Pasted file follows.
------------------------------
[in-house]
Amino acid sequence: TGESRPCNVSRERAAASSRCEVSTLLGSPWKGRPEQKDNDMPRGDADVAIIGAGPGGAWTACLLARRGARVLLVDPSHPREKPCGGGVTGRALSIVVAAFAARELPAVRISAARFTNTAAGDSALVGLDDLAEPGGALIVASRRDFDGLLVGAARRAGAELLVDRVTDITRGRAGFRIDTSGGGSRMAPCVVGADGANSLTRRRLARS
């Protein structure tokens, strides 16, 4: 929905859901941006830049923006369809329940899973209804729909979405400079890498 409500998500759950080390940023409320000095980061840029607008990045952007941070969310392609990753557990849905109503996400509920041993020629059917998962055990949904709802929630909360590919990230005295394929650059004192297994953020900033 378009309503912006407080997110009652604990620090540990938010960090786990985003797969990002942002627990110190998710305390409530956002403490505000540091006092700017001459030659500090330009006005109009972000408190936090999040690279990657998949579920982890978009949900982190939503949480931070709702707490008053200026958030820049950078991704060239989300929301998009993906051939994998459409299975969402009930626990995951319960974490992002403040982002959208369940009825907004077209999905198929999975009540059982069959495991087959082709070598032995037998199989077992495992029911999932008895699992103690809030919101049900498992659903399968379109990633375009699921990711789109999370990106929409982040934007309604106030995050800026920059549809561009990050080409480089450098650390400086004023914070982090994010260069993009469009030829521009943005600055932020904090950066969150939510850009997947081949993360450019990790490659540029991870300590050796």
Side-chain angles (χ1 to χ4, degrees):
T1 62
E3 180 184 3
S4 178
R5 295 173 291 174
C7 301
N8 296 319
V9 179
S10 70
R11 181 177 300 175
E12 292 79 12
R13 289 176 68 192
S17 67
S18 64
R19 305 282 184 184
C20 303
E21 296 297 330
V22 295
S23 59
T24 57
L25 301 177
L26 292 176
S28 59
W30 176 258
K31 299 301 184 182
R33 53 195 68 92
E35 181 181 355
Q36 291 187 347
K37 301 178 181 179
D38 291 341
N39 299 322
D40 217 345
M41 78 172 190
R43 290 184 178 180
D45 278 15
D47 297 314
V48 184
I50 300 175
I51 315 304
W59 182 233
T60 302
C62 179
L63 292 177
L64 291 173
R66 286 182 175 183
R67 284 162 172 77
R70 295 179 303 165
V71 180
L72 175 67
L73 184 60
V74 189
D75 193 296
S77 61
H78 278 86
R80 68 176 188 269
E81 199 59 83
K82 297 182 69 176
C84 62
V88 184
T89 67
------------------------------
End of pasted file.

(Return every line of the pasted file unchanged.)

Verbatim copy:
[in-house]
Amino acid sequence: TGESRPCNVSRERAAASSRCEVSTLLGSPWKGRPEQKDNDMPRGDADVAIIGAGPGGAWTACLLARRGARVLLVDPSHPREKPCGGGVTGRALSIVVAAFAARELPAVRISAARFTNTAAGDSALVGLDDLAEPGGALIVASRRDFDGLLVGAARRAGAELLVDRVTDITRGRAGFRIDTSGGGSRMAPCVVGADGANSLTRRRLARS
């Protein structure tokens, strides 16, 4: 929905859901941006830049923006369809329940899973209804729909979405400079890498 409500998500759950080390940023409320000095980061840029607008990045952007941070969310392609990753557990849905109503996400509920041993020629059917998962055990949904709802929630909360590919990230005295394929650059004192297994953020900033 378009309503912006407080997110009652604990620090540990938010960090786990985003797969990002942002627990110190998710305390409530956002403490505000540091006092700017001459030659500090330009006005109009972000408190936090999040690279990657998949579920982890978009949900982190939503949480931070709702707490008053200026958030820049950078991704060239989300929301998009993906051939994998459409299975969402009930626990995951319960974490992002403040982002959208369940009825907004077209999905198929999975009540059982069959495991087959082709070598032995037998199989077992495992029911999932008895699992103690809030919101049900498992659903399968379109990633375009699921990711789109999370990106929409982040934007309604106030995050800026920059549809561009990050080409480089450098650390400086004023914070982090994010260069993009469009030829521009943005600055932020904090950066969150939510850009997947081949993360450019990790490659540029991870300590050796």
Side-chain angles (χ1 to χ4, degrees):
T1 62
E3 180 184 3
S4 178
R5 295 173 291 174
C7 301
N8 296 319
V9 179
S10 70
R11 181 177 300 175
E12 292 79 12
R13 289 176 68 192
S17 67
S18 64
R19 305 282 184 184
C20 303
E21 296 297 330
V22 295
S23 59
T24 57
L25 301 177
L26 292 176
S28 59
W30 176 258
K31 299 301 184 182
R33 53 195 68 92
E35 181 181 355
Q36 291 187 347
K37 301 178 181 179
D38 291 341
N39 299 322
D40 217 345
M41 78 172 190
R43 290 184 178 180
D45 278 15
D47 297 314
V48 184
I50 300 175
I51 315 304
W59 182 233
T60 302
C62 179
L63 292 177
L64 291 173
R66 286 182 175 183
R67 284 162 172 77
R70 295 179 303 165
V71 180
L72 175 67
L73 184 60
V74 189
D75 193 296
S77 61
H78 278 86
R80 68 176 188 269
E81 199 59 83
K82 297 182 69 176
C84 62
V88 184
T89 67